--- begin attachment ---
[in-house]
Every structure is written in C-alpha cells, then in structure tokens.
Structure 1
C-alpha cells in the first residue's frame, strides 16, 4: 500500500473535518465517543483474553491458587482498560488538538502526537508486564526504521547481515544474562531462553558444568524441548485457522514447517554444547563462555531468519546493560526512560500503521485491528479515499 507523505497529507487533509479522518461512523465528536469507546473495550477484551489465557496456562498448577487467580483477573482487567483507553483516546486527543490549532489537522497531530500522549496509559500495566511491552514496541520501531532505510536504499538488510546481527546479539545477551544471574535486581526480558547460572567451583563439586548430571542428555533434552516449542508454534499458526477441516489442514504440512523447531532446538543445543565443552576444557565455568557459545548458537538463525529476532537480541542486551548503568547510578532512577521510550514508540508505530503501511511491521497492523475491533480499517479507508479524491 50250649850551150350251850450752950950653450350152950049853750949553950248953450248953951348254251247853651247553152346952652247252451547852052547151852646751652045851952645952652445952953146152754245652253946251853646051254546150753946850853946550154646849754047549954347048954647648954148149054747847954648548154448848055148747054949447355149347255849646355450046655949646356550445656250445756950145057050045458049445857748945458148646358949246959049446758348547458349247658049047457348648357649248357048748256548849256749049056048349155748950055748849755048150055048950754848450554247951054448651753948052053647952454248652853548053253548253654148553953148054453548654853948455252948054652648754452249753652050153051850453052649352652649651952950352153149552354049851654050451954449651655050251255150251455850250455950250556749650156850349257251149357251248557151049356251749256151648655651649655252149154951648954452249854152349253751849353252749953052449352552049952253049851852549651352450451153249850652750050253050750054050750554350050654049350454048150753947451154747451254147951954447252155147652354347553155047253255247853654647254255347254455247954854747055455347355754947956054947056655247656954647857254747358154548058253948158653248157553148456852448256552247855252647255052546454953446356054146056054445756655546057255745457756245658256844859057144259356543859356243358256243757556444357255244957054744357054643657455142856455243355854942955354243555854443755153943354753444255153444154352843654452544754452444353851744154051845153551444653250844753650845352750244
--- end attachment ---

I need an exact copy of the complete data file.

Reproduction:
[in-house]
Every structure is written in C-alpha cells, then in structure tokens.
Structure 1
C-alpha cells in the first residue's frame, strides 16, 4: 500500500473535518465517543483474553491458587482498560488538538502526537508486564526504521547481515544474562531462553558444568524441548485457522514447517554444547563462555531468519546493560526512560500503521485491528479515499 507523505497529507487533509479522518461512523465528536469507546473495550477484551489465557496456562498448577487467580483477573482487567483507553483516546486527543490549532489537522497531530500522549496509559500495566511491552514496541520501531532505510536504499538488510546481527546479539545477551544471574535486581526480558547460572567451583563439586548430571542428555533434552516449542508454534499458526477441516489442514504440512523447531532446538543445543565443552576444557565455568557459545548458537538463525529476532537480541542486551548503568547510578532512577521510550514508540508505530503501511511491521497492523475491533480499517479507508479524491 50250649850551150350251850450752950950653450350152950049853750949553950248953450248953951348254251247853651247553152346952652247252451547852052547151852646751652045851952645952652445952953146152754245652253946251853646051254546150753946850853946550154646849754047549954347048954647648954148149054747847954648548154448848055148747054949447355149347255849646355450046655949646356550445656250445756950145057050045458049445857748945458148646358949246959049446758348547458349247658049047457348648357649248357048748256548849256749049056048349155748950055748849755048150055048950754848450554247951054448651753948052053647952454248652853548053253548253654148553953148054453548654853948455252948054652648754452249753652050153051850453052649352652649651952950352153149552354049851654050451954449651655050251255150251455850250455950250556749650156850349257251149357251248557151049356251749256151648655651649655252149154951648954452249854152349253751849353252749953052449352552049952253049851852549651352450451153249850652750050253050750054050750554350050654049350454048150753947451154747451254147951954447252155147652354347553155047253255247853654647254255347254455247954854747055455347355754947956054947056655247656954647857254747358154548058253948158653248157553148456852448256552247855252647255052546454953446356054146056054445756655546057255745457756245658256844859057144259356543859356243358256243757556444357255244957054744357054643657455142856455243355854942955354243555854443755153943354753444255153444154352843654452544754452444353851744154051845153551444653250844753650845352750244